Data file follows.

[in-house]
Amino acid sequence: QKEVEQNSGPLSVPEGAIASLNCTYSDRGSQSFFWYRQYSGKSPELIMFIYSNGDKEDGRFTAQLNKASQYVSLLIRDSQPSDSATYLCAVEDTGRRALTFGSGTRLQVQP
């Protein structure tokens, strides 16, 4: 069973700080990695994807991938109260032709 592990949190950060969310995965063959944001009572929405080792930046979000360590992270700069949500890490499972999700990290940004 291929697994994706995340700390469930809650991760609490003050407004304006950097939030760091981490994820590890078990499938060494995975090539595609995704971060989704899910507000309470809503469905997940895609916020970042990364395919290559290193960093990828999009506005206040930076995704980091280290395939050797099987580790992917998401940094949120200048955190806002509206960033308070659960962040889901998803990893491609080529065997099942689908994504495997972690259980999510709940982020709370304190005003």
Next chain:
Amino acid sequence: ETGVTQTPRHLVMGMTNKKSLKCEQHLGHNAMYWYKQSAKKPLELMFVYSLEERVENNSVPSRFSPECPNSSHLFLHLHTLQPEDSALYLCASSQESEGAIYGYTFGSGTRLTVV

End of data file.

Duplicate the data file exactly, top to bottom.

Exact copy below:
[in-house]
Amino acid sequence: QKEVEQNSGPLSVPEGAIASLNCTYSDRGSQSFFWYRQYSGKSPELIMFIYSNGDKEDGRFTAQLNKASQYVSLLIRDSQPSDSATYLCAVEDTGRRALTFGSGTRLQVQP
């Protein structure tokens, strides 16, 4: 069973700080990695994807991938109260032709 592990949190950060969310995965063959944001009572929405080792930046979000360590992270700069949500890490499972999700990290940004 291929697994994706995340700390469930809650991760609490003050407004304006950097939030760091981490994820590890078990499938060494995975090539595609995704971060989704899910507000309470809503469905997940895609916020970042990364395919290559290193960093990828999009506005206040930076995704980091280290395939050797099987580790992917998401940094949120200048955190806002509206960033308070659960962040889901998803990893491609080529065997099942689908994504495997972690259980999510709940982020709370304190005003």
Next chain:
Amino acid sequence: ETGVTQTPRHLVMGMTNKKSLKCEQHLGHNAMYWYKQSAKKPLELMFVYSLEERVENNSVPSRFSPECPNSSHLFLHLHTLQPEDSALYLCASSQESEGAIYGYTFGSGTRLTVV